Date: 18th August 2013 at 10:00am
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Liverpool stadiumEVER since the creation of Liverpool Football Club in 1892, Anfield has remained its perennial home, with Everton having to relocate to Goodison Park to make way for the men in red.

Anfield has laid witness to the majority of the great moments that have occurred down the years for Liverpool and matches against Olympiakos and Newcastle immediately spring to mind, while there are many, many more in the pages of history, like St Etienne for example. European nights, league victories, cup success – Anfield has seen it all.

However, for well over a decade there has been talk of a move away from the spiritual arena because of the need of a stadium that possesses a greater capacity than Anfield’s. Manchester United, Liverpool’s arch rivals that have now overtaken the Reds in terms of league titles, have a stadium capacity of approx 76,000, while Arsenal have the Emirates with a capacity of 60,000, having taken the decision to leave Highbury and build a bigger stadium.

Furthermore, Newcastle, Sunderland and Manchester City all have stadiums with larger capacities, with City looking to expand their stadium, while Tottenham are looking to build a stadium and Chelsea have also looked into it, though in Roman Abramovich they can afford to have a smaller stadium.

Teams want bigger stadiums so that more money can be generated from ticket sales amongst other things. Liverpool cannot boast a Russian or Arab owner who will spend hundreds of millions of pounds on the team, while Financial Fair Play looks set to stop those tactics anyway (if they can get their act together to stop teams getting round it). Building larger stadiums is one way of being able to consistently generate greater amounts of funds that can be spent on improving the team and moving up the league ladder, or staying at the top.

One thing is for certain, and is something everyone who has Liverpool’s best interests at heart agree on – greater capacity is needed. What is still under debate is whether that would be best served by building a new stadium or through redeveloping Anfield.

Currently, the plan going forward is a redevelopment of Anfield, which will see the capacity jump to 60,000, with the project costing £150m. However, there will be further regeneration of the area surrounding Anfield, with new housing, a business hub, a hotel and a new public square as well as the redevelopment of the stadium, bringing the cost of the project to £260m.

The idea of building a new stadium perhaps shouldn’t be overlooked as there are advantages to the long awaited successor to Anfield that was first announced 11 years ago.

Firstly, it will be very difficult to develop Anfield beyond the 60,000 that is currently being mooted (and was the planned capacity for Stanley Park) without altering quite a lot of the old historic stadium. Yet for a new stadium measures could be made to allow for a future extension to approx 80,000, allowing for a significantly greater amount of revenue from ticket sales.

Secondly, Liverpool can create more corporate areas to sell in the new stadium, again raising additional funds, which would be more limited at Anfield if such an expansion of the stadium took place. Furthermore, a new, modern stadium with state of the art boxes may help Liverpool attract more esteemed corporations, as with Wembley and the Emirates.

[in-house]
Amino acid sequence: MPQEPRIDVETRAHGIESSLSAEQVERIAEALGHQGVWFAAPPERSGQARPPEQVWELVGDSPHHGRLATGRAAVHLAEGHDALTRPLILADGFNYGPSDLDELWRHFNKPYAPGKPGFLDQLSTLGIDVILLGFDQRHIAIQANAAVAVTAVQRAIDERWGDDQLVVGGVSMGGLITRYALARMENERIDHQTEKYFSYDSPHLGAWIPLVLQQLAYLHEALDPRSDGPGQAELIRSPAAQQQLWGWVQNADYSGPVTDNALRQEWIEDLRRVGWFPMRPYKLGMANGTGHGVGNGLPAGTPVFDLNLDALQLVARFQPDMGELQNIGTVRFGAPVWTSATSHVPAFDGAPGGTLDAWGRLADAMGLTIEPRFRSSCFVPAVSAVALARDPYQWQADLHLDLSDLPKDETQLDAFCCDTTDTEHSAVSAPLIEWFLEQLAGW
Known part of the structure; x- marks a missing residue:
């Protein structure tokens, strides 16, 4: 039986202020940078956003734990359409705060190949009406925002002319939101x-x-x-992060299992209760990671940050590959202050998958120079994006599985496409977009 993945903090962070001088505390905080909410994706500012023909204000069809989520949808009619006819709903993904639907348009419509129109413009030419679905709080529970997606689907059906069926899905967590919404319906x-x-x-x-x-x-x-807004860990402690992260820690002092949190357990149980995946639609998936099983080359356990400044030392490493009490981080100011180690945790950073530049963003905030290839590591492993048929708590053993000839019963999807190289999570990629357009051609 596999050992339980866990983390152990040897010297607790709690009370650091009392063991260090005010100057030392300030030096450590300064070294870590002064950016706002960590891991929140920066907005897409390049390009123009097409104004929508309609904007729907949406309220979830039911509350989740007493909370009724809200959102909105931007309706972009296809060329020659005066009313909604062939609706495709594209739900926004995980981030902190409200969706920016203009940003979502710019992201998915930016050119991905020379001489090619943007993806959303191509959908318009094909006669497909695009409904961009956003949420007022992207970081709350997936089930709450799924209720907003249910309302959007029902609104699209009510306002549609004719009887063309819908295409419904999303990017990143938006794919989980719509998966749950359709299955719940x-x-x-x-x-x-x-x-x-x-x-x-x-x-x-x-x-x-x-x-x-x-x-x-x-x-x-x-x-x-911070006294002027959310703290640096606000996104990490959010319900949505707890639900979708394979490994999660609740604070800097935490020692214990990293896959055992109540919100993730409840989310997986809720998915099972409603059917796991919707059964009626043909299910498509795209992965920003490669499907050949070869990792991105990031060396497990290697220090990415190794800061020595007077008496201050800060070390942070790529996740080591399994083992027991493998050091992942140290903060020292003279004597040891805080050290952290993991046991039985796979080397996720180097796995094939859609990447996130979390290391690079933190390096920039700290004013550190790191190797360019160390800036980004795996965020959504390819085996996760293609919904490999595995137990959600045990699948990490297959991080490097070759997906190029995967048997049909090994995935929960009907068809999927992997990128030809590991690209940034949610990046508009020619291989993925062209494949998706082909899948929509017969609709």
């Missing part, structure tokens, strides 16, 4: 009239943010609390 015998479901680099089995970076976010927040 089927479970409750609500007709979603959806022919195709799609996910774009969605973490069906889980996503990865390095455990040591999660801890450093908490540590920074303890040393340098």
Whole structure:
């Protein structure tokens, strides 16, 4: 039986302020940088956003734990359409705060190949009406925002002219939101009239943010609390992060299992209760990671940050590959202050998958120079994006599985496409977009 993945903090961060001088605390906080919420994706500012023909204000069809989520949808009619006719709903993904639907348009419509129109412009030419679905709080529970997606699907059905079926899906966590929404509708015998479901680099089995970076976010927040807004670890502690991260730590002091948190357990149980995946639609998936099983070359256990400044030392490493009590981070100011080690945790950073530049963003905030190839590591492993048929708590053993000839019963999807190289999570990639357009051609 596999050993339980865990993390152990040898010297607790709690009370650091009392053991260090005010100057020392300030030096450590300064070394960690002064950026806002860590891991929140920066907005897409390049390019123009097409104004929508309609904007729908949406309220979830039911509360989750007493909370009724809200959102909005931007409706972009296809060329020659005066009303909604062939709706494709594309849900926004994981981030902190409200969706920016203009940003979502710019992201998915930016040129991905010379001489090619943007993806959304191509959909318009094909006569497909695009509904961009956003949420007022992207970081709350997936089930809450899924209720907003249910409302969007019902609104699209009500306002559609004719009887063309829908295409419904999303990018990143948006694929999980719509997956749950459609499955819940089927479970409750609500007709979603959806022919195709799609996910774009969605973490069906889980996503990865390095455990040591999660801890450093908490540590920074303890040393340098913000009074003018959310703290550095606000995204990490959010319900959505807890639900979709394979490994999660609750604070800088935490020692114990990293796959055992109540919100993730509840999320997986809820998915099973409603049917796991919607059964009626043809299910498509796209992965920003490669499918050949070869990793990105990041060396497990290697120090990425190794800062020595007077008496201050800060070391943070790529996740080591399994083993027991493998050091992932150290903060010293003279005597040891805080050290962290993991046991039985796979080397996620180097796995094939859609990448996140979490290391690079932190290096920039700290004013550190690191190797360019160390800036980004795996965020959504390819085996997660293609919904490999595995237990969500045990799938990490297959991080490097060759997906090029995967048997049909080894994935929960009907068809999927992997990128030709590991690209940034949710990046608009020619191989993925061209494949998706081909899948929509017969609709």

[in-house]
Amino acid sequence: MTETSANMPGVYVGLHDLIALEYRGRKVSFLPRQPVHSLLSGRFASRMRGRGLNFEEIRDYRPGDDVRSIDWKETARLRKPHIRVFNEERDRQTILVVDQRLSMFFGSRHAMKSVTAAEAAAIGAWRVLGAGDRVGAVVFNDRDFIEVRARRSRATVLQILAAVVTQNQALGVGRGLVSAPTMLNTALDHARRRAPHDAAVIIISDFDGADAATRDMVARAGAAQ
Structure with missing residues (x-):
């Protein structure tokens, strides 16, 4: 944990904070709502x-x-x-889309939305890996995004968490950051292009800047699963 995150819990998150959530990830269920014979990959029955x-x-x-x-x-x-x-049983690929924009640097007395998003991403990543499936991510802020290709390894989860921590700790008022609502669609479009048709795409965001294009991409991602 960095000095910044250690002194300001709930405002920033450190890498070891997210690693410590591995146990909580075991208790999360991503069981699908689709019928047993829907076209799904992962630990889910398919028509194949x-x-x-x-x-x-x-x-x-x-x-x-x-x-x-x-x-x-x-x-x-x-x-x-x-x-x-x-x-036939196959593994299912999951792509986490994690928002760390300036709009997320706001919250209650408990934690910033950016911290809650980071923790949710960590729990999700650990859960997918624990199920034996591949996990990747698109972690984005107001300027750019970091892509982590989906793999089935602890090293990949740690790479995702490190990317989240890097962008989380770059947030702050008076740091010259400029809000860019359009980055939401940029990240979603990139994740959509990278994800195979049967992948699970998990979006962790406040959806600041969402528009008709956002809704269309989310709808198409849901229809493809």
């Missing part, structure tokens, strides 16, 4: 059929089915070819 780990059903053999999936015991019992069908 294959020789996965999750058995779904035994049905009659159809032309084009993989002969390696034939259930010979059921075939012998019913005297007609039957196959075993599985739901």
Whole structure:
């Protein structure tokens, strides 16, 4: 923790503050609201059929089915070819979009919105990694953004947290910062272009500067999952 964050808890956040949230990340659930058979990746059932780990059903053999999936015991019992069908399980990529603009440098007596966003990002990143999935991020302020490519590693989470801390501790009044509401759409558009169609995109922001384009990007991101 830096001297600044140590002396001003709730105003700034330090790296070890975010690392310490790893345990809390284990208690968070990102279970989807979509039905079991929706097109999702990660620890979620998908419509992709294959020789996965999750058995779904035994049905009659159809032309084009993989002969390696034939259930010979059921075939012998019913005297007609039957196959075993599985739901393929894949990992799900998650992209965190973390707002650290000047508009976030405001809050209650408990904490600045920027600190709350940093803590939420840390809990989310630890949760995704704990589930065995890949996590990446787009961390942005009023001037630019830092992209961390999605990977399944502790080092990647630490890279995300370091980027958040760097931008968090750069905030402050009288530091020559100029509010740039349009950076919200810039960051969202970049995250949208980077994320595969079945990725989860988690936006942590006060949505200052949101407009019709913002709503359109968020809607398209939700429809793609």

Finally, even if construction on redeveloping Anfield began in the off-season, it would almost certainly drag into the next one, leading to a reduced capacity. Conversely, construction of a new stadium could take place while Liverpool play at Anfield, causing no impact on capacity and revenue from ticket sales.

In spite of this, redeveloping Anfield is the preferred option amongst most, including myself, for a myriad of reasons. Firstly, bluntly – the cost would be less. A lot less. Under Hicks and Gillett, the new stadium proposed was set to cost at least £350m, but most believe that a new 60,000 stadium, plus all the redeveloped area that would come with it, new shops etc, would cost nearer £500m, if not more if delays occurred.

Working on Anfield would be considerably cheaper in comparison. Secondly, the regeneration that would occur if Anfield was expanded would be extremely beneficial for the region, with Joe Anderson (Mayor of Liverpool) stating that the work would the help an area that had “been in the doldrums for a long time”.

In addition, the project will create 700 jobs in the completed buildings, without taking account of the jobs available for the building and construction that will take place. Finally, and crucially, staying at Anfield means that Liverpool are not having to leave the home that they have lived in for their entire history, the home that the fans love and the historical pull that attracts many others too to see a game, or go for a stadium tour and experience the magic of Anfield.

Liverpool fans have experienced many false dawns, and quite a few have come from the lack of progress towards salvation over the stadium. However, hopefully Liverpool are now going in the right direction; not only in having a stadium that will have the capacity to rival the likes of Arsenal and Manchester United, but also in that the stadium will still be Anfield.

Because Anfield is our home.

And we wouldn’t have it any other way.

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